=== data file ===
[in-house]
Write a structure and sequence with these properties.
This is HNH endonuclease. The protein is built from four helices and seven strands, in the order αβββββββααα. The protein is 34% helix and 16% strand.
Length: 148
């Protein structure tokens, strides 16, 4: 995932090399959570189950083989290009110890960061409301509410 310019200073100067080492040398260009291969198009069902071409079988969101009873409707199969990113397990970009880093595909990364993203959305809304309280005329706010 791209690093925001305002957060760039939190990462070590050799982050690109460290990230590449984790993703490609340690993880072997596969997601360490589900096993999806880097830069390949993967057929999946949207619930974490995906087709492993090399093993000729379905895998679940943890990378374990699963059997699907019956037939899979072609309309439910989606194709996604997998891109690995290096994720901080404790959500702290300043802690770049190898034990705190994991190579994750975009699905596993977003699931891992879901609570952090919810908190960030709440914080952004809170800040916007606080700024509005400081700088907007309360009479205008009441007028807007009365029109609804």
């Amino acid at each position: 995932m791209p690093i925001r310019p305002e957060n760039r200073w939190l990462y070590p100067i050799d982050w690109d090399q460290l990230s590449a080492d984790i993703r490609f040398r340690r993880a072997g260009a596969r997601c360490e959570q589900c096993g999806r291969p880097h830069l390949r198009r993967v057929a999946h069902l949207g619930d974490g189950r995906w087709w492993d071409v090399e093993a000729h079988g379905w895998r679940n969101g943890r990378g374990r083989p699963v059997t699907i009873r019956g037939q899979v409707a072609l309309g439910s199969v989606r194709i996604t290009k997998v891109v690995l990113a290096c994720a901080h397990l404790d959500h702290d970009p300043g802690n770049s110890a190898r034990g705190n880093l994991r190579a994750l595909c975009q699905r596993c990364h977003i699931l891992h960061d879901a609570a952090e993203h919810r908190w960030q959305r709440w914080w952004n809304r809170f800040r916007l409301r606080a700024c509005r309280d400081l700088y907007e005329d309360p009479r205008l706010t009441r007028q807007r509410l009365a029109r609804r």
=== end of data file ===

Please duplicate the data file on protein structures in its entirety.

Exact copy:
[in-house]
Write a structure and sequence with these properties.
This is HNH endonuclease. The protein is built from four helices and seven strands, in the order αβββββββααα. The protein is 34% helix and 16% strand.
Length: 148
């Protein structure tokens, strides 16, 4: 995932090399959570189950083989290009110890960061409301509410 310019200073100067080492040398260009291969198009069902071409079988969101009873409707199969990113397990970009880093595909990364993203959305809304309280005329706010 791209690093925001305002957060760039939190990462070590050799982050690109460290990230590449984790993703490609340690993880072997596969997601360490589900096993999806880097830069390949993967057929999946949207619930974490995906087709492993090399093993000729379905895998679940943890990378374990699963059997699907019956037939899979072609309309439910989606194709996604997998891109690995290096994720901080404790959500702290300043802690770049190898034990705190994991190579994750975009699905596993977003699931891992879901609570952090919810908190960030709440914080952004809170800040916007606080700024509005400081700088907007309360009479205008009441007028807007009365029109609804």
């Amino acid at each position: 995932m791209p690093i925001r310019p305002e957060n760039r200073w939190l990462y070590p100067i050799d982050w690109d090399q460290l990230s590449a080492d984790i993703r490609f040398r340690r993880a072997g260009a596969r997601c360490e959570q589900c096993g999806r291969p880097h830069l390949r198009r993967v057929a999946h069902l949207g619930d974490g189950r995906w087709w492993d071409v090399e093993a000729h079988g379905w895998r679940n969101g943890r990378g374990r083989p699963v059997t699907i009873r019956g037939q899979v409707a072609l309309g439910s199969v989606r194709i996604t290009k997998v891109v690995l990113a290096c994720a901080h397990l404790d959500h702290d970009p300043g802690n770049s110890a190898r034990g705190n880093l994991r190579a994750l595909c975009q699905r596993c990364h977003i699931l891992h960061d879901a609570a952090e993203h919810r908190w960030q959305r709440w914080w952004n809304r809170f800040r916007l409301r606080a700024c509005r309280d400081l700088y907007e005329d309360p009479r205008l706010t009441r007028q807007r509410l009365a029109r609804r």